His esophageal varices were detected when endoscopywas ordered to investigate heme-positive stool. Itis doubtful that his heme positivity resulted from an otherwisesilent variceal bleed. Many authorities recommend"screening" endoscopy for all patients with cirrhosis--regardlessof whether they have heme-positive stool--becauseof the high risk of hemorrhage and the availabilityof effective primary prevention.

The 2 chief prophylactic strategies are pharmacologicand endoscopic. Drug therapy is currently preferred forfirst-line prevention. ß-Blockers are used alone or in combinationwith nitrates to reduce portal pressure and, as aresult, variceal pressure.

Studies have demonstrated that when hepatic veinpressures are lowered to less than 12 mm Hg or reducedby 20% of the baseline measurement, the incidence ofhemorrhage is markedly reduced.2 ß-Blockers and nitrates(choice D) can lower portal pressure to this degreein at least some patients and typically reduce the incidenceof bleeding by about 50%.3 They are the agents ofchoice in patients for whom they are not contraindicated.

Pharmacologic prophylaxis has been shown to be atleast as effective as sclerotherapy (choice C) and shuntsurgery (choice B) and is far more cost-effective.4

Octreotide (choice E) is a synthetic vasopressin thatproduces vasoconstriction in the splanchnic bed, which inturn lowers portal pressure and thus stops active varicealbleeding in 80% of patients.5 Because it can be given inemergent settings--without the need for specialized endoscopicor radiologic facilities or personnel--octreotide iscurrently first-line therapy for active variceal bleeding.However, its short half-life and intravenous administrationroute make it unsuitable for prophylaxis. Moreover, fordefinitive results, administration of octreotide must be followedby an endoscopic procedure--either sclerotherapyor band ligation. This patient is not actively bleeding andthus is not a candidate for octreotide at this time.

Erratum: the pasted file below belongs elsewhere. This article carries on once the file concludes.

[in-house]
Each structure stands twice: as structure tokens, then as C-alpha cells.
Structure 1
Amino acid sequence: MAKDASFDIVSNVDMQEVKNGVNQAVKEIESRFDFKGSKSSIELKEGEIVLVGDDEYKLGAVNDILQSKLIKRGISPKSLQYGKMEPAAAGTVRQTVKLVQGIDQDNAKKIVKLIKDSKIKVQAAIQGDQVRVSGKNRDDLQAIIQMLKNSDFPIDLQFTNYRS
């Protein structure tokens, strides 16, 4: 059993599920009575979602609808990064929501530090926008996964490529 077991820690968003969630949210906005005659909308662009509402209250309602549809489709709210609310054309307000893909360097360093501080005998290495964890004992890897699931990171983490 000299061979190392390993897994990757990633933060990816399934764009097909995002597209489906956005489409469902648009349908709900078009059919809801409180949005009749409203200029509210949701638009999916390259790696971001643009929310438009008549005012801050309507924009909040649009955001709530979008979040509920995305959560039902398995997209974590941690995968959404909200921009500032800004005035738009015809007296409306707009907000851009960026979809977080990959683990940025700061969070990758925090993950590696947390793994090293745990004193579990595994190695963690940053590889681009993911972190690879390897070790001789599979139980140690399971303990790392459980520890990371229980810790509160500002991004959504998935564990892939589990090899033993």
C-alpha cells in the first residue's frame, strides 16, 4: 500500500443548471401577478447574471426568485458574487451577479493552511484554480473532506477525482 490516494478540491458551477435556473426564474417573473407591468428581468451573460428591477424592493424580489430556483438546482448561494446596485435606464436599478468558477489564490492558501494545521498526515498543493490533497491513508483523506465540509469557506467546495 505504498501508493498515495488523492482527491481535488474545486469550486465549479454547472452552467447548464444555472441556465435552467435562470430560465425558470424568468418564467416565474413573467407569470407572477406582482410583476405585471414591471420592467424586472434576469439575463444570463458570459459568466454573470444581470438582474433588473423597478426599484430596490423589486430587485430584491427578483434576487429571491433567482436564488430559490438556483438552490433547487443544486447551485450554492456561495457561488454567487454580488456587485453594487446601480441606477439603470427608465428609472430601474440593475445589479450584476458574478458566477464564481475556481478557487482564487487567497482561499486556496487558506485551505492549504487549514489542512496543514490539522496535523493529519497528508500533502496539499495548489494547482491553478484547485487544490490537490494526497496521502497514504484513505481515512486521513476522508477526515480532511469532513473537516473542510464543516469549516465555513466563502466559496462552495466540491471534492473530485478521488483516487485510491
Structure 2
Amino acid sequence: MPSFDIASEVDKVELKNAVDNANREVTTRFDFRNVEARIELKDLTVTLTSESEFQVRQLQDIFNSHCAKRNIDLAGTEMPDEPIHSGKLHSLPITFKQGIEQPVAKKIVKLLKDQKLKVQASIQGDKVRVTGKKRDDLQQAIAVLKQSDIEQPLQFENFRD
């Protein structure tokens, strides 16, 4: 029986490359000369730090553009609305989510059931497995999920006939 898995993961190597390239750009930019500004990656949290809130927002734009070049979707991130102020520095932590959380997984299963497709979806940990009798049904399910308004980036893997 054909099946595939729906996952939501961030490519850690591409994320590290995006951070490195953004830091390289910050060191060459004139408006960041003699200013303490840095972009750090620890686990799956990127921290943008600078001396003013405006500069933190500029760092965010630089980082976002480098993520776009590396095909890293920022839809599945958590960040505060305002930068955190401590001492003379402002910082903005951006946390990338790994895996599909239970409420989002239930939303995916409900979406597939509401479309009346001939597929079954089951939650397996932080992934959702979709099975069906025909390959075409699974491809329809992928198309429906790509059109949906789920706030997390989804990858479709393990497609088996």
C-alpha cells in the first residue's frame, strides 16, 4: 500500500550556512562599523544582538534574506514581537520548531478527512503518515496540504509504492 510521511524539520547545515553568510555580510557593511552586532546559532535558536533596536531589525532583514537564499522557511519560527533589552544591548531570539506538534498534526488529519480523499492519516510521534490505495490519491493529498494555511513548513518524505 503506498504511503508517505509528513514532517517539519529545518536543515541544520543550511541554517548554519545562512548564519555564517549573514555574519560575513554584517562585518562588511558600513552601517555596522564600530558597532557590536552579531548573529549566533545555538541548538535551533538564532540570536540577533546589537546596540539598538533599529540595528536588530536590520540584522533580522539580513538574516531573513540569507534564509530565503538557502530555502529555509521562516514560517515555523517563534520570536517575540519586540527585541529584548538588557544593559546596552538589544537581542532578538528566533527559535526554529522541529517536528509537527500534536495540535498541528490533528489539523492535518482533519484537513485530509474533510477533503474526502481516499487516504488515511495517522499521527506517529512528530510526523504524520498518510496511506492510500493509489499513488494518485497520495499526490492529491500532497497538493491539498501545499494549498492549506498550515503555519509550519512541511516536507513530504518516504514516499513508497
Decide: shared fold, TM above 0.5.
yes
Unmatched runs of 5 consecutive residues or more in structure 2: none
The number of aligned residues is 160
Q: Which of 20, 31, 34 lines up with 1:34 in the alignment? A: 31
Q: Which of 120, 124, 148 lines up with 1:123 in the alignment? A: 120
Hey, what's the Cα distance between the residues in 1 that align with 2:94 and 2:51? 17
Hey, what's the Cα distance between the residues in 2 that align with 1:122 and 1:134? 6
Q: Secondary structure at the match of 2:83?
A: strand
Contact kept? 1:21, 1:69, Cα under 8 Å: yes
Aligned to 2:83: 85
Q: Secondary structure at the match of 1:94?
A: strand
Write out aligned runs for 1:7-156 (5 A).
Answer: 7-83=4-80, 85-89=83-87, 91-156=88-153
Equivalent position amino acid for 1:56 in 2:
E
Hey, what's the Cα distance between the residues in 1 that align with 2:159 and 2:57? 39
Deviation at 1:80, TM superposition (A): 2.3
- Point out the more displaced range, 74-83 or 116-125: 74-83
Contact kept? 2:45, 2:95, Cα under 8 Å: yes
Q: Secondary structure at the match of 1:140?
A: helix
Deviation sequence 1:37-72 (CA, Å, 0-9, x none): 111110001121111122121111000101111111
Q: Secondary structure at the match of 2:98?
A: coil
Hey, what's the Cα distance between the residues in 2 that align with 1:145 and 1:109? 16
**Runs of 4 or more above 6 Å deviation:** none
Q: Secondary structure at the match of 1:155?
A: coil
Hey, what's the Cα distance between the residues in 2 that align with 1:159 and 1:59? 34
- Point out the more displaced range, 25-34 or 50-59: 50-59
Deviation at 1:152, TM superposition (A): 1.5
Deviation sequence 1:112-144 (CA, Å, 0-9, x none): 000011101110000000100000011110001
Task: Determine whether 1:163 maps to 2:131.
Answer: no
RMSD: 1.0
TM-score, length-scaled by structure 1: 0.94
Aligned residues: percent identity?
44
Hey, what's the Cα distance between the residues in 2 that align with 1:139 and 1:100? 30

In a TIPS procedure (choice A), a stent is placed toconnect a hepatic vein with a large branch of the portalsystem. Successful TIPS procedures result in hemodynamicimprovements comparable to those resulting from surgicalshunt placements. However, as with surgical shunting,worsening hepatic encephalopathy and shunt occlusion arecommon complications. Thus, TIPS procedures are currentlyreserved for patients with recurrent variceal bleedingand those with refractory acute bleeding.

Outcome of this case. A regimen of nadolol and isosorbidemononitrate was prescribed. At 1 year, the patientcontinues to tolerate treatment well and has had no bleedingevents.

References:

REFERENCES:1. Pryor DB, Shaw L, McCants CB, et al. Value of the history and physical inidentifying patients at increased risk for coronary artery disease. Ann InternMed. 1993;118:81-90.
2. Williams SV, Fihn SD, Gibbons RJ. Guidelines for the management of patientswith chronic angina: diagnosis and risk stratification. Ann Intern Med.2001;135:530-547.
3. Mark DB, Shaw L, Harrell FE, et al. Prognostic value of a treadmill exercisescore in outpatient with suspected coronary artery disease. N Engl J Med. 1991;325:849-853.
4. Lee TH, Boucher CA. Noninvasive tests in patients with stable coronaryartery disease. N Engl J Med. 2001;344:1840-1845.